Andrews members experience life as school principal
By Margo Turner, Capital Flyer staff writer
/ Published January 26, 2007
ANDREWS AFB, Md. --
Six servicemembers at Andrews had a close-up view of a day in the life of a public school principal in Prince George's County when they participated in the Fourth Annual Principal for a Day program Jan. 18.
"It was an outstanding experience for me," said Col. James Vechery, 89th Airlift Wing vice commander and participant in Principal for a Day at Surrattsville High School in Clinton, Md.
Colonel Vechery said much has changed since he graduated from high school 23 years ago. However, what hasn't changed is the dedication he saw in the school staff and the students.
Leadership is important, whether a person serves in the military or as principal of a school, he said.
A caring atmosphere is equally important, which was evident as Colonel Vechery accompanied Principal Alice Swift-Howard throughout his daylong visit at Surrattsville High School.
As the colonel and principal walked through the school, Ms. Howard would occasionally stop to hug a student and talk with them. "It's that personal touch that is very important," said Colonel Vechery.
Shadowing another principal at Benjamin D. Foulois Elementary School in Suitland, Md., gave a young Airman a new perspective about educators.
"I wasn't aware about what principals do behind scenes," said Airman 1st Class Kellen C. Byers, 79th Medical Operations Squadron Aerospace Medical Service technician.
Colonel Vechery, Airman Byers and the other Andrews participants were among 190 business, community and government leaders who participated in the Principal for a Day program. They arrived at their assigned school before the start of the school day and remained until the final bell.
The volunteer principals joined the normal workday schedule of their assigned school principal and observed the scope of the principal's daily responsibilities.
Colonel Vechery participated in the morning and afternoon school announcements, in addition to accompanying Ms. Howard as she made her rounds.
The colonel also joined the principal in a collaborative planning meeting, in which science, social studies, math and English teachers discussed ways to improve the proficiency of students in these core areas of study.
Additionally, the colonel spoke with students in the Junior Reserve Officer Training Corps program at the high school, attended an induction orientation meeting of the National Honor Society and visited a special education unit for autistic, blind and mentally and physically impaired students.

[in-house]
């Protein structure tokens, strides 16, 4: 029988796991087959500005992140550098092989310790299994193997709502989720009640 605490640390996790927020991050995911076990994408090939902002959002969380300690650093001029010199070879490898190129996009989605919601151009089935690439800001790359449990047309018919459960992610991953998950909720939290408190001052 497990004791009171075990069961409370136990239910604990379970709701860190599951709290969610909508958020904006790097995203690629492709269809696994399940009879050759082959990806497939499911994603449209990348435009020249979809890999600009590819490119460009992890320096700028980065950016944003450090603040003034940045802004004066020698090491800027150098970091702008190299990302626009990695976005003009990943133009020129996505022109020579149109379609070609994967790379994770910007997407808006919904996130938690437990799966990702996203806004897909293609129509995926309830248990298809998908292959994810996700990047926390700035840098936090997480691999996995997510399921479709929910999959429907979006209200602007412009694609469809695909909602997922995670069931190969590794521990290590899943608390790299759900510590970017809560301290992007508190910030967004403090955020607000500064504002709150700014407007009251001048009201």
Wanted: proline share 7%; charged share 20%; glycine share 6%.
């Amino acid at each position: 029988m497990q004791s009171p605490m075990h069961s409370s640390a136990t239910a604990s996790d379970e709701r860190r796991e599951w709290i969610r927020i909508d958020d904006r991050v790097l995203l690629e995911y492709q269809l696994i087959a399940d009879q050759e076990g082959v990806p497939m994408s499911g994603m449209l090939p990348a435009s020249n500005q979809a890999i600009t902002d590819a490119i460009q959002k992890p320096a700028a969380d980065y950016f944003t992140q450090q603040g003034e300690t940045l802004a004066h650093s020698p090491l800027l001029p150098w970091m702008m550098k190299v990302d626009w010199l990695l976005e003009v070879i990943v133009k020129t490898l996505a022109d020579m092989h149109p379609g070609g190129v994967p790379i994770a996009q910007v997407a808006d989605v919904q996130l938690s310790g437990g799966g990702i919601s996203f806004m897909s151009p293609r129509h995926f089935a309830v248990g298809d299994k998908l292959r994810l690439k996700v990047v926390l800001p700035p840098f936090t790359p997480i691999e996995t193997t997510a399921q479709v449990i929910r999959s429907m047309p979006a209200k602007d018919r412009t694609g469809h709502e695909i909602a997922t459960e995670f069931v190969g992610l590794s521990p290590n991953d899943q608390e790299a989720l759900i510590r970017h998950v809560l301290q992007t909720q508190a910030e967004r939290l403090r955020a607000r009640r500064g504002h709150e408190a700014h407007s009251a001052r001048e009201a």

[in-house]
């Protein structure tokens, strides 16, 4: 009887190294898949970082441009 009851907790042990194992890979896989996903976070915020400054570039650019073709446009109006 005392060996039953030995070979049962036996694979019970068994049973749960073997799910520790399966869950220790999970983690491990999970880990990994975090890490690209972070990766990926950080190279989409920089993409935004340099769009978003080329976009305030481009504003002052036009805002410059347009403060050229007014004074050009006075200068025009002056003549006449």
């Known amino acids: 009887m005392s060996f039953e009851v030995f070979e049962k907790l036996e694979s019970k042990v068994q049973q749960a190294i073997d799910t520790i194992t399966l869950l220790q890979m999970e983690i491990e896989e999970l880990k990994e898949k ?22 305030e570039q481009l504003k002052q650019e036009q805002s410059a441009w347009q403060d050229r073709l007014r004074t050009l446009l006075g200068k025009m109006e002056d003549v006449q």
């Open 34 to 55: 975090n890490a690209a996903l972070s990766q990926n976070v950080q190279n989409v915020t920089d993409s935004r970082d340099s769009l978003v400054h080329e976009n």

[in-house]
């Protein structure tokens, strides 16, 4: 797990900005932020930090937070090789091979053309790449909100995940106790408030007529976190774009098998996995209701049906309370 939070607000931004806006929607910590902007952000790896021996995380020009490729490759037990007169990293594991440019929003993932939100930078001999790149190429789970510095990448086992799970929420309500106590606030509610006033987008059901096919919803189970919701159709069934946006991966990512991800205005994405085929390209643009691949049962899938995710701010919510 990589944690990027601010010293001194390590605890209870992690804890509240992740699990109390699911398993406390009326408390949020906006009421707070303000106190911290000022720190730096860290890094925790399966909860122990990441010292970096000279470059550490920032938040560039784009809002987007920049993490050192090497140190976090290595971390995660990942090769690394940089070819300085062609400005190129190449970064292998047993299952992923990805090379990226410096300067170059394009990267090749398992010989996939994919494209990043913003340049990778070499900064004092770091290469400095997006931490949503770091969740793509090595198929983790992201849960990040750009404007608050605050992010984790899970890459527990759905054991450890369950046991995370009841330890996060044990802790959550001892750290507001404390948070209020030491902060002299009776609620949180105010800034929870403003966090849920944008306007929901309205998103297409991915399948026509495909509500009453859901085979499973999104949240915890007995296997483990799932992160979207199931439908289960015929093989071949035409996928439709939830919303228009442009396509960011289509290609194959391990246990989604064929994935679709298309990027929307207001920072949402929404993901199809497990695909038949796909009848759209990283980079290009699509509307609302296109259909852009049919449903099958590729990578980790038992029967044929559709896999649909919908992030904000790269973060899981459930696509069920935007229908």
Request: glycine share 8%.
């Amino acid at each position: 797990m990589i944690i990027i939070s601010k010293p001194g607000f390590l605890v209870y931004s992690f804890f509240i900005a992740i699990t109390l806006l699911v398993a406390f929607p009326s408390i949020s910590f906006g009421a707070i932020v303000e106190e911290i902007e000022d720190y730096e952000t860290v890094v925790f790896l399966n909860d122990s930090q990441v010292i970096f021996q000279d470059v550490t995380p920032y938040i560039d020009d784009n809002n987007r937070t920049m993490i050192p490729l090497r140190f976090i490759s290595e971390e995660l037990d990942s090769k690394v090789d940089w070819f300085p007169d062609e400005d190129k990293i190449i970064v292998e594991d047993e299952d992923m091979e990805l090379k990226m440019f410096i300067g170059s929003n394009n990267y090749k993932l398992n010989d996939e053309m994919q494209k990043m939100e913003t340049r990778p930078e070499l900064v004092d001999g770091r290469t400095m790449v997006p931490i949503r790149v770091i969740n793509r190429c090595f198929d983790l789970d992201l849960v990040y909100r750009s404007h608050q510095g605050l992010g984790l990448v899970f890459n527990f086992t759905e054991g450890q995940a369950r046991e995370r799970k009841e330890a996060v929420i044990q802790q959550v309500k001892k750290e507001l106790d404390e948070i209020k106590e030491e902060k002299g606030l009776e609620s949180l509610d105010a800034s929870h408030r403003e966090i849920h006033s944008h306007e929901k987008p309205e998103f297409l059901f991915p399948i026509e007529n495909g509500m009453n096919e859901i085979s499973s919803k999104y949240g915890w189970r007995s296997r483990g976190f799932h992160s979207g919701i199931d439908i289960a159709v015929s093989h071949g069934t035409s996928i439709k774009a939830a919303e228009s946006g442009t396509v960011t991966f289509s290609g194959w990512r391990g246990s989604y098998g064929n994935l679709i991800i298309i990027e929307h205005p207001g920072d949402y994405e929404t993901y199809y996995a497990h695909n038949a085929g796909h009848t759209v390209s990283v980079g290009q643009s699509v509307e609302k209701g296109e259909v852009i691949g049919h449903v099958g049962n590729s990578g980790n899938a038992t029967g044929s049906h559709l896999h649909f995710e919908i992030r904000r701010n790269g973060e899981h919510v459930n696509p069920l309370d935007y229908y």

Colonel Vechery was able to experience a broad spectrum of a principal's responsibilities at the school.
While Ms. Howard and the colonel were ordering their lunch in the cafeteria,the principal received a call on her portable radio about a student returning to the school after a yearlong expulsion. The colonel and principal left the cafeteria to handle the student matter.
Another incident involved the theft of a student's jacket. The principal instructed the school staff to contact the student's parents and the county police.
Airman Byers accompanied Principal Veronca L. Richardson as she made her rounds of the school. Meeting with students and teachers along the way, he helped Ms. Richardson with assemblies school announcements.
"A student came up to me and said, 'Can you be our principal for the rest of the week?'" said the Airman. "I guess he didn't realize it was close to the end of the week."
Ms. Richardson said she had Airman Byers sit in on a collaborative lesson meeting with a representative from the Maryland Department of Education. The meeting focused on a science lesson plan for a sixth-grade teacher.
"I think Airman Byers felt comfortable in assisting me and being with the students," said Ms. Richardson.
What principals do essentially is giving to others, said John E. Deasy, Prince George's County Public School superintendent, during a reception for the volunteer principals at Dr. Henry A. Wise Jr. High School in Upper Marlboro, Md. The reception concluded the daylong program.
There is little time for school principals to think about themselves, said Mr. Deasy. School principals must be concerned with their students, teachers and staff.
"So there is very little time for a meal," he said. "There is very little time to sit. There is often very little time to collect thoughts. That's what makes the role so special, and what makes the people in that role remarkable human beings."
Mr. Deasy said the 190 volunteers in the Principal for a Day program served in 170 public schools. Many are parents of students in the county school system who were able to witness the daily successes and challenges of principals.